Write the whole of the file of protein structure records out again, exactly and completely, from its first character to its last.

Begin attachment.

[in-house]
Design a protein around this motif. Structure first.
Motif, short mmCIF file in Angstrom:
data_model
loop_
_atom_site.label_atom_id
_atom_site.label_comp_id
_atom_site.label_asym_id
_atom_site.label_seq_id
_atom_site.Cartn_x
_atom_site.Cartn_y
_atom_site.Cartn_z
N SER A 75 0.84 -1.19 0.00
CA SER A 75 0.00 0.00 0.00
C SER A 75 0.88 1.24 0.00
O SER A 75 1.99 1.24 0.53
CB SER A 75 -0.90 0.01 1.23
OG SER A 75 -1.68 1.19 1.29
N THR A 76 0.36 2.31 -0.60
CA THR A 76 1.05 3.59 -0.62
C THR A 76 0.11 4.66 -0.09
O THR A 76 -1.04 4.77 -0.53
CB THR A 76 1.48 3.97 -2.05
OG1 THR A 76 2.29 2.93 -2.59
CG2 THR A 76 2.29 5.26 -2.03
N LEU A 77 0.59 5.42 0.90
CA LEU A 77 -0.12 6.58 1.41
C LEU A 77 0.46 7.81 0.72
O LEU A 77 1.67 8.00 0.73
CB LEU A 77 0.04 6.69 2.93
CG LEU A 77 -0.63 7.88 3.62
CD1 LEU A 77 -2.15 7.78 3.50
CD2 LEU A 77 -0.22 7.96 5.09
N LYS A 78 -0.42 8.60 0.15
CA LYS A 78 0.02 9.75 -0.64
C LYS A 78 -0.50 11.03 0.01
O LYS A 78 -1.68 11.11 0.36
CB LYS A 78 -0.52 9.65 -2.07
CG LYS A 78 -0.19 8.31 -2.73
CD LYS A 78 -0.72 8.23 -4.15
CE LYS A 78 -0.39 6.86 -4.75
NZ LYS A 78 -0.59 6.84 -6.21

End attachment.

[in-house]
Design a protein around this motif. Structure first.
Motif, short mmCIF file in Angstrom:
data_model
loop_
_atom_site.label_atom_id
_atom_site.label_comp_id
_atom_site.label_asym_id
_atom_site.label_seq_id
_atom_site.Cartn_x
_atom_site.Cartn_y
_atom_site.Cartn_z
N SER A 75 0.84 -1.19 0.00
CA SER A 75 0.00 0.00 0.00
C SER A 75 0.88 1.24 0.00
O SER A 75 1.99 1.24 0.53
CB SER A 75 -0.90 0.01 1.23
OG SER A 75 -1.68 1.19 1.29
N THR A 76 0.36 2.31 -0.60
CA THR A 76 1.05 3.59 -0.62
C THR A 76 0.11 4.66 -0.09
O THR A 76 -1.04 4.77 -0.53
CB THR A 76 1.48 3.97 -2.05
OG1 THR A 76 2.29 2.93 -2.59
CG2 THR A 76 2.29 5.26 -2.03
N LEU A 77 0.59 5.42 0.90
CA LEU A 77 -0.12 6.58 1.41
C LEU A 77 0.46 7.81 0.72
O LEU A 77 1.67 8.00 0.73
CB LEU A 77 0.04 6.69 2.93
CG LEU A 77 -0.63 7.88 3.62
CD1 LEU A 77 -2.15 7.78 3.50
CD2 LEU A 77 -0.22 7.96 5.09
N LYS A 78 -0.42 8.60 0.15
CA LYS A 78 0.02 9.75 -0.64
C LYS A 78 -0.50 11.03 0.01
O LYS A 78 -1.68 11.11 0.36
CB LYS A 78 -0.52 9.65 -2.07
CG LYS A 78 -0.19 8.31 -2.73
CD LYS A 78 -0.72 8.23 -4.15
CE LYS A 78 -0.39 6.86 -4.75
NZ LYS A 78 -0.59 6.84 -6.21